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World Briefs: Talks set on status of U.S. troops after 2014
Question of the Day
KABUL — Crucial negotiations on the status of U.S. forces remaining in Afghanistan after the NATO withdrawal in 2014 will begin in Kabul on Thursday, the foreign ministry said Sunday.
A key element of any agreement will be the question of immunity for U.S. troops from prosecution in local courts.
In Iraq, Washington pulled out all of its troops after failing to get Baghdad to grant immunity to American soldiers, and President Hamid Karzai has warned there could be similar problems in Afghanistan.
The issue has been highlighted by the massacre of 16 villagers earlier this year, allegedly by a rogue U.S. soldier who was flown out of the country and is facing hearings in the United States.
"The official talks on the signing of a security pact will begin between the governments of Afghanistan and USA in Kabul on Nov. 15," foreign ministry spokesman Janan Mosazai told a news conference.
The negotiations will be led by Eklil Hakimi, Afghanistan's ambassador to the United State, and by James Warlick, deputy U.S. special representative to Afghanistan and Pakistan, Mr. Mosazai said.
No talks on defense cutswith Clinton, Panetta
SYDNEY — Officials on Sunday sought to play down comments by a senior U.S. official who said Washington planned to raise concerns about Australia's falling military spending at talks this week between the allies.
Australia slashed $5.7 billion from its defense budget in May in a bid to return the economy to surplus, despite a beefed-up U.S. alliance that has seen hundreds of Marines deployed to northern Australia.
The expansion in ties, announced by President Obama on a visit to Australia 12 months ago, is part of Washington's pivot to Asia to counter China's growing military might. Australia is a long-standing US ally.
Defense Minister Stephen Smith is due to meet Defense Secretary Leon E. Panetta and Secretary of State Hillary Rodham Clinton in Perth this week for annual security talks, and one of Clinton's top advisers in the region, Kurt Campbell, earlier said the "important" spending issue would be raised.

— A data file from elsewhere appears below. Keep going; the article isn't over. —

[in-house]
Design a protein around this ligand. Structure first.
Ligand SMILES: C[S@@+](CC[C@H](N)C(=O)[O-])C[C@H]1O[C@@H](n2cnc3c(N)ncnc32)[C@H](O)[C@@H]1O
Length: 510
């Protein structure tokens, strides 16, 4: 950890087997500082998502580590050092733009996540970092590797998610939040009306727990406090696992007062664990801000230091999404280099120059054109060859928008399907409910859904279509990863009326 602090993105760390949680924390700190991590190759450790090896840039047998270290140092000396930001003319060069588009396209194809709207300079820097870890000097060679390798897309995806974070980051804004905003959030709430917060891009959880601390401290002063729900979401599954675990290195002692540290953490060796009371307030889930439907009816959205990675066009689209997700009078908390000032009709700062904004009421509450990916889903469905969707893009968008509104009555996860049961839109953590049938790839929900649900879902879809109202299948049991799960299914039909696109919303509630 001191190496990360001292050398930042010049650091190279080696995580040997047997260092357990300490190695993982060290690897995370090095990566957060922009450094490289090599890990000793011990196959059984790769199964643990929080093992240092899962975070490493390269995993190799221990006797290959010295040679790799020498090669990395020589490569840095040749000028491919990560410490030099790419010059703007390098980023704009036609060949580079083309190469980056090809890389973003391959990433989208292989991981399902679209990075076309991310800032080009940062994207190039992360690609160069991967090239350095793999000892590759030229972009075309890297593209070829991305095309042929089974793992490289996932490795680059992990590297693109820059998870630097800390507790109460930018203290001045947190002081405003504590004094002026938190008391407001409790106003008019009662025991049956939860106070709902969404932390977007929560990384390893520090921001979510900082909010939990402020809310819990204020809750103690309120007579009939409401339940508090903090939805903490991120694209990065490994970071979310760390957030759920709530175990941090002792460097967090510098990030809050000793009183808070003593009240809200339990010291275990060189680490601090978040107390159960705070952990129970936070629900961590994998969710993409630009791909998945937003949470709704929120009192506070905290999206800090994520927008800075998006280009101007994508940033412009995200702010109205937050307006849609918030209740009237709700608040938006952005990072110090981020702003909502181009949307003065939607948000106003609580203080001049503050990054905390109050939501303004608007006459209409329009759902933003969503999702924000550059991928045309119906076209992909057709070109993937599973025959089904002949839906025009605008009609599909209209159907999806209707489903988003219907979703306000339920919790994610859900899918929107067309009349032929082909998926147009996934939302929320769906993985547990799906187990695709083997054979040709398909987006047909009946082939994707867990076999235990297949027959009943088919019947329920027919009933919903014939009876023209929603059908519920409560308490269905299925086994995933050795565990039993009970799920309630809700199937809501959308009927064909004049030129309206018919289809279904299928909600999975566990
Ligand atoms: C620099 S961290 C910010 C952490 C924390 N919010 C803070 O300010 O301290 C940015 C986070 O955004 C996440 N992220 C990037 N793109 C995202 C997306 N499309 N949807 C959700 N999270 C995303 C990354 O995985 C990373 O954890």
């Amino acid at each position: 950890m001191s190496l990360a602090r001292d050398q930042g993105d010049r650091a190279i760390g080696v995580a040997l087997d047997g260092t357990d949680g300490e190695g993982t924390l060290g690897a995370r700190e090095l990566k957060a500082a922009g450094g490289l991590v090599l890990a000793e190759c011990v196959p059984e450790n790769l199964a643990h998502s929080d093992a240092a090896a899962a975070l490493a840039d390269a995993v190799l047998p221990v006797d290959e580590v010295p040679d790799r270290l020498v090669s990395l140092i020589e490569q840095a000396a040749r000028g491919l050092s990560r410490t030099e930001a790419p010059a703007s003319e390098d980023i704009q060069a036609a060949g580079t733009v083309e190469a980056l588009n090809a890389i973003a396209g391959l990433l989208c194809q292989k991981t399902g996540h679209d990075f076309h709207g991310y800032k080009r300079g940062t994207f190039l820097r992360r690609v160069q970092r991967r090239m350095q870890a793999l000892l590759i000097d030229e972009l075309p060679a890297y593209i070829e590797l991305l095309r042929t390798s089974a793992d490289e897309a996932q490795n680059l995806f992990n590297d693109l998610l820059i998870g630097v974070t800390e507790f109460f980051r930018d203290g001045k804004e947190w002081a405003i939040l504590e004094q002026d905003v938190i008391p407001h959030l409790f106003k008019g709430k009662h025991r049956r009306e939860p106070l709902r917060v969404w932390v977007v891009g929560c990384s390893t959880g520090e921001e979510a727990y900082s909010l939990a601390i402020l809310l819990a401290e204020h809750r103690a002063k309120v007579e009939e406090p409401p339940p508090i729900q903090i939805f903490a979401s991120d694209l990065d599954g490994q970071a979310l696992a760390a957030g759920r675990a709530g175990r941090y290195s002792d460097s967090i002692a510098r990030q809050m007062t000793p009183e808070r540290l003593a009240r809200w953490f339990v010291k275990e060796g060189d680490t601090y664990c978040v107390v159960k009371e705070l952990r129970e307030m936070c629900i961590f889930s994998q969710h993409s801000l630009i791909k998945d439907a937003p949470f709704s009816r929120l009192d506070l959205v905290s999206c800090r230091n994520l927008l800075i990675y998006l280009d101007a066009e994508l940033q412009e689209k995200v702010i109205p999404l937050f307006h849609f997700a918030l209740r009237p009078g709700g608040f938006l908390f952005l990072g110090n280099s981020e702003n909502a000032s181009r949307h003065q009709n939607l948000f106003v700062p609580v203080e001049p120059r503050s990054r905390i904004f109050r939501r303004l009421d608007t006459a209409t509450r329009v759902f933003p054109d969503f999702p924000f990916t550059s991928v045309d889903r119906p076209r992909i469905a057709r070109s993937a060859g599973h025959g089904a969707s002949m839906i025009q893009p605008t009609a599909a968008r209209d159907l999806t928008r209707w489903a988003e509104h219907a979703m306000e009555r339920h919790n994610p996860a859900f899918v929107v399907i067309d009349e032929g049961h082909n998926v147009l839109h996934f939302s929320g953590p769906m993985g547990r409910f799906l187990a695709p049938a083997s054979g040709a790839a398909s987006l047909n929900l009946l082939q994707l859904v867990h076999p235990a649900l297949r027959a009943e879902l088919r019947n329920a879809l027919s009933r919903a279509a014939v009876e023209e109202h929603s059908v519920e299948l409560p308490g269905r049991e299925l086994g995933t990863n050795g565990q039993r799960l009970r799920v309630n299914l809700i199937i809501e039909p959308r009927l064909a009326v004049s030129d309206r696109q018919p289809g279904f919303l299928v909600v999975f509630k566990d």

Mr. Smith said Sunday that the defense cuts are not on the agenda and it was "frankly nonsense" to suggest that U.S. officials were coming to Australia "to talk about our defense cuts."
Mrs. Clinton and Mr. Panetta are due to arrive Wednesday.
Italian foreign ministermeets with new leaders
TRIPOLI — Italian Foreign Minister Giulio Terzi visited Libya last week for high-level talks with the first elected authorities since the overthrow of dictator Moammar Gadhafi.
Mr. Terzi met with Mohammed Megaryef, head of the National Assembly, and Ali Zeidan, the acting prime minister.
"We intend to develop with the new Libya, through this government, an even closer relationship, particularly on the political, security and economic front," Mr. Terzi told journalists in Tripoli.
The talks touched on business opportunities for Italian companies, notably in the construction and energy sectors, boosting cultural exchanges between the two nations, and increasing visas for Libyans wishing to go to Italy, he said.
Mr. Zeidan expressed his country's commitment to maintaining tight ties with Italy and vowed that Libya, a former Italian colony, will no longer be a "jihadist state that exports deviant ideologies."
In September, Italy expelled two Libyans accused of spreading jihadist ideas.
Mr. Zeidan said his Cabinet will be sworn in this week and take office shortly after that.
Mr. Terzi's visit came a day after a criminal court in Rome ordered the release of more than $1 billion in Libyan assets frozen since March.
• From wire dispatches and staff reports
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